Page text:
By now, everyone has heard the expression “financial innovation” to refer to changes that have taken place in our financial markets. Like all innovation, the goal of financial innovation is to solve problems. To bring our intelligence to bear on the problems that we face. Sometimes those innovations fail completely. At other times they achieve a narrowly defined success while causing new problems to emerge in their wake.
One of the financial innovations that have worked out comparatively well are Exchange Traded Funds (ETFs). ETFs have a lot in common with ordinary stocks. They are listed on a stock exchange and you can buy and sell them just like any stock. Like stocks, ETFs represent fractional ownership in a corporation (the issuer). What distinguishes ETFs from ordinary stocks is the trading strategy of the issuer.
For most public firms, the issuer sells a fixed number of shares to the public in an initial public offering (IPO). After the IPO, the number of shares that trade on the stock exchange is fixed (with a few exceptions like corporate buybacks and secondary offerings). The firm obtains operating capital in the IPO. After that it doesn’t sell any more shares or receive any more liquidity via the equity markets. Its next task is to put that capital to work by building a profitable business that adds value to the real economy. AAPL produces ipads. XOM produces oil and gas. Valuable products.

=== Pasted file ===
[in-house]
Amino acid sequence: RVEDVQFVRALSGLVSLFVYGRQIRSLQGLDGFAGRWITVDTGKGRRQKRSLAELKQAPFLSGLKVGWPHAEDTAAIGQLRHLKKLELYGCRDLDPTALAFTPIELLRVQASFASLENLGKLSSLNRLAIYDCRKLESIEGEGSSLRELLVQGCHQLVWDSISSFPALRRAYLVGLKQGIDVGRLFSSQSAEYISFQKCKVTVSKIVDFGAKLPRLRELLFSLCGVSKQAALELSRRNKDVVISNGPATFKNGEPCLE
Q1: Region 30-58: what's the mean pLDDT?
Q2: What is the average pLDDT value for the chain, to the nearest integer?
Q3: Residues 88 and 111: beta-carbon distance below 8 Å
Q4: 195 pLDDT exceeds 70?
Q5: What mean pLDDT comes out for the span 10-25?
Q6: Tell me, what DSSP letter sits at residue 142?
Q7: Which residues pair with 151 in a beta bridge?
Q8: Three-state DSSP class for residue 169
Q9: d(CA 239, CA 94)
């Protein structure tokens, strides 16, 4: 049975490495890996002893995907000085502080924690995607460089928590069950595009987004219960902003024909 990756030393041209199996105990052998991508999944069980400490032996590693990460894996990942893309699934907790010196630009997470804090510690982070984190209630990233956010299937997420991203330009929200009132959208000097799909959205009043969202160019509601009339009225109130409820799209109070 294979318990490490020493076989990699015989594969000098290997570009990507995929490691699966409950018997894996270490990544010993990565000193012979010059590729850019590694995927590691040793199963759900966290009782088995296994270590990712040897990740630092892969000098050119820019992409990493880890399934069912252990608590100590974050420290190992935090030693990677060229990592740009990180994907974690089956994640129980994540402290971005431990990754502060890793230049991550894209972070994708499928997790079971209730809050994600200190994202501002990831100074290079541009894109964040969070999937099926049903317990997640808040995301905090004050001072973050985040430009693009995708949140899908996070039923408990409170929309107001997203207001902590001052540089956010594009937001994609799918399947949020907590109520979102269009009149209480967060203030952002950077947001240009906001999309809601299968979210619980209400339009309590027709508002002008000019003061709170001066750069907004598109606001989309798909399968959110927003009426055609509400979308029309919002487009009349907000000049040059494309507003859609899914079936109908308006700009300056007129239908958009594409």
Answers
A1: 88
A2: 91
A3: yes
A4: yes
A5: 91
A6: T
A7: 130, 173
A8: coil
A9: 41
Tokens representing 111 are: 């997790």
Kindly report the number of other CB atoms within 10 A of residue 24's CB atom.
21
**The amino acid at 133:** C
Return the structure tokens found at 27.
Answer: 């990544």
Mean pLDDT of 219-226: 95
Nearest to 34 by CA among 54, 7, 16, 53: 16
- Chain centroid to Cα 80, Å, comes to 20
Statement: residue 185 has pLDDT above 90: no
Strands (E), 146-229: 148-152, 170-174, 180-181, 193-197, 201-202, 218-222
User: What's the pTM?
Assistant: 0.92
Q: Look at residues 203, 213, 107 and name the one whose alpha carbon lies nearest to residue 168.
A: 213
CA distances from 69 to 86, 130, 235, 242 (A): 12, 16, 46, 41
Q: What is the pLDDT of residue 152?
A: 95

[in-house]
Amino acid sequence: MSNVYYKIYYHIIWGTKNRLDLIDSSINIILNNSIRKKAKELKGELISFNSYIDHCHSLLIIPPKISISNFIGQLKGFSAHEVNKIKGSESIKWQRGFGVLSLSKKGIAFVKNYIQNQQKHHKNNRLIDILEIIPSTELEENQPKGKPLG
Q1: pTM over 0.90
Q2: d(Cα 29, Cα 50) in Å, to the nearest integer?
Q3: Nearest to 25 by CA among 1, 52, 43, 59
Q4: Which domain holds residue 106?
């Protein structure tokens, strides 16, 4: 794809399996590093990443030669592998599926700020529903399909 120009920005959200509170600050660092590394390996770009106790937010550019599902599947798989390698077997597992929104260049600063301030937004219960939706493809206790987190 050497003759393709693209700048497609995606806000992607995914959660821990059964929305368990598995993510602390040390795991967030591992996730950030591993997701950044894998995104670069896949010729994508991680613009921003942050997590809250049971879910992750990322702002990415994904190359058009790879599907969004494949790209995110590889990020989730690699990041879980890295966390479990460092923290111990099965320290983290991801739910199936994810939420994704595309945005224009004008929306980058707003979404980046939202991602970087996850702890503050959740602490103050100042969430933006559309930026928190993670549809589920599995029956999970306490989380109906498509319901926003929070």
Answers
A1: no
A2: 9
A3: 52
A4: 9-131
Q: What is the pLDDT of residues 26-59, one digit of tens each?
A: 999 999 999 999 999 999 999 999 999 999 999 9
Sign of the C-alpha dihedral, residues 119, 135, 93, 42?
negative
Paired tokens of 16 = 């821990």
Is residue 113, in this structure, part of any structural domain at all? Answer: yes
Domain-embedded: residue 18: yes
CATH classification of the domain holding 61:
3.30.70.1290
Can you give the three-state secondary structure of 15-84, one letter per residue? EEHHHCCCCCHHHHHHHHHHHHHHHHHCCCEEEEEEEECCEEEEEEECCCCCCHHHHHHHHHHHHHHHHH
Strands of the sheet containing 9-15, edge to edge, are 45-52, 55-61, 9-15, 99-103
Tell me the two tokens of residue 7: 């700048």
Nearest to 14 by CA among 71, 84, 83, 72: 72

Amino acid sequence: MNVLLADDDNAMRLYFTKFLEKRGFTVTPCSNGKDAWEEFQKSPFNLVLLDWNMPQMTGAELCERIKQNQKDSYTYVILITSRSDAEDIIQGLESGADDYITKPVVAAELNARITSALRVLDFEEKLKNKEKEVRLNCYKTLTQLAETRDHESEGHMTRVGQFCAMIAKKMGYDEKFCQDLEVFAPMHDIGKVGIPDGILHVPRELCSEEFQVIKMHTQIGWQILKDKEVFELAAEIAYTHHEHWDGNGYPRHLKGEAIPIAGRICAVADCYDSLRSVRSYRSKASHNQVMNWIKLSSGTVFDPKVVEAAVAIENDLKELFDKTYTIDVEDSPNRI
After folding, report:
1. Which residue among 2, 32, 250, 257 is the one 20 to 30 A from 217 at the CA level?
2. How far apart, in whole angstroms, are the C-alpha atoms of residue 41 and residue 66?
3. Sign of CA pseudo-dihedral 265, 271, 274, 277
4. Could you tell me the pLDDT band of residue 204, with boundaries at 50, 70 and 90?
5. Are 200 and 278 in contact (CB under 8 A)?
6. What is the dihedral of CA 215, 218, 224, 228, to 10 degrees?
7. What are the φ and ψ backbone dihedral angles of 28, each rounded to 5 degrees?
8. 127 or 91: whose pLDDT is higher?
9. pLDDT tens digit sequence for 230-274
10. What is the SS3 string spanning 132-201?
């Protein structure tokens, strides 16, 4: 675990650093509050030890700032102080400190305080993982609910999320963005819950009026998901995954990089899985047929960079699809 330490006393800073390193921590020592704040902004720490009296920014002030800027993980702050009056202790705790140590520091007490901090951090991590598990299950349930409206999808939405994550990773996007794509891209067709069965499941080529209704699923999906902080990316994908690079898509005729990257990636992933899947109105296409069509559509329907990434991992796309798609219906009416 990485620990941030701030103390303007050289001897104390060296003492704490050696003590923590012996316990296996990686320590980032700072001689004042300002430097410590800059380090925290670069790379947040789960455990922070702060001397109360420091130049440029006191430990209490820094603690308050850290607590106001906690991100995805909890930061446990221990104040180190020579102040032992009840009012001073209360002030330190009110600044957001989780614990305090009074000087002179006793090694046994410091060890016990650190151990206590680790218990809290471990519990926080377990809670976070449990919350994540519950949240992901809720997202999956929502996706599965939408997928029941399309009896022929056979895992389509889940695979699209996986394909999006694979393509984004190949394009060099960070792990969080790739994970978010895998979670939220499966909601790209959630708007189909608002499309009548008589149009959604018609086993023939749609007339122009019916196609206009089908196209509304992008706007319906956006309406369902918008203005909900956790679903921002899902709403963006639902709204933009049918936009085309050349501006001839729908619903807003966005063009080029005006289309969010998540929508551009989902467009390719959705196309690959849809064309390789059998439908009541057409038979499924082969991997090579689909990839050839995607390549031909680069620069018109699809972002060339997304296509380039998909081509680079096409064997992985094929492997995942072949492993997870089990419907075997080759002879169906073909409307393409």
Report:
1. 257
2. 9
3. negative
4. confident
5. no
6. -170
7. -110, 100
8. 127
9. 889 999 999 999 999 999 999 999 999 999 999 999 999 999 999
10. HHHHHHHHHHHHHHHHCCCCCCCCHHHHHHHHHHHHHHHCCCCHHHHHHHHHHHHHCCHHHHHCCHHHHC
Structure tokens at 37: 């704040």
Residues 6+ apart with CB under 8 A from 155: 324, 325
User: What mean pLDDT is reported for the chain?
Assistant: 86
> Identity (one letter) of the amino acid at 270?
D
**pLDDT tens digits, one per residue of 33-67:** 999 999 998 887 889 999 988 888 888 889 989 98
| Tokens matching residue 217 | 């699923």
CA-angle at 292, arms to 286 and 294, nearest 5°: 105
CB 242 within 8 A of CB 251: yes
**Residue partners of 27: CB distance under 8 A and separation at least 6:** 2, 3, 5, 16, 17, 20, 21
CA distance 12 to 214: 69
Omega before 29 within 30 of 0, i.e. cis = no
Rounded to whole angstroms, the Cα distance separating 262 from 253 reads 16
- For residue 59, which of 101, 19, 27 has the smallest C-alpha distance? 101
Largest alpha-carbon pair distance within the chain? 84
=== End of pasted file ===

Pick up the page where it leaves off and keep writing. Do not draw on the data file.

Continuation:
The way an ETF works is completely different. Its only business is to buy, hold and sell the shares of other firms. The ETF basket is the portfolio of stocks held by the ETF. The basket is a matter of public record, and is completely static with the exception of an occasional rebalance. The ETF doesn’t produce ipads, gas, or anything else that the real economy needs. Its value is purely as a tool for traders and investors. And that value derives from two properties of ETFs; price stability and liquidity.
ETFs achieve price stability when the ETF shares trade close to the value of the underlying basket of stocks that it holds. It does not mean that the market value of the ETF shares is stable. It means that the ETF can be exchanged for a fixed amount of the basket. ETFs achieve liquidity when traders and investors can trade them on demand and at low cost. Generally the cost of trading an ETF is far less than the cost of trading its underlying basket, even for brokers who don’t have to pay commissions. Because ETFs have been so successful at achieving both price stability and liquidity, they are loved by almost all market participants including retirement savers, broker/dealers, high-frequency traders and hedge funds. There are many things wrong with our financial markets, but the price stability and liquidity of ETFs are simply not among them.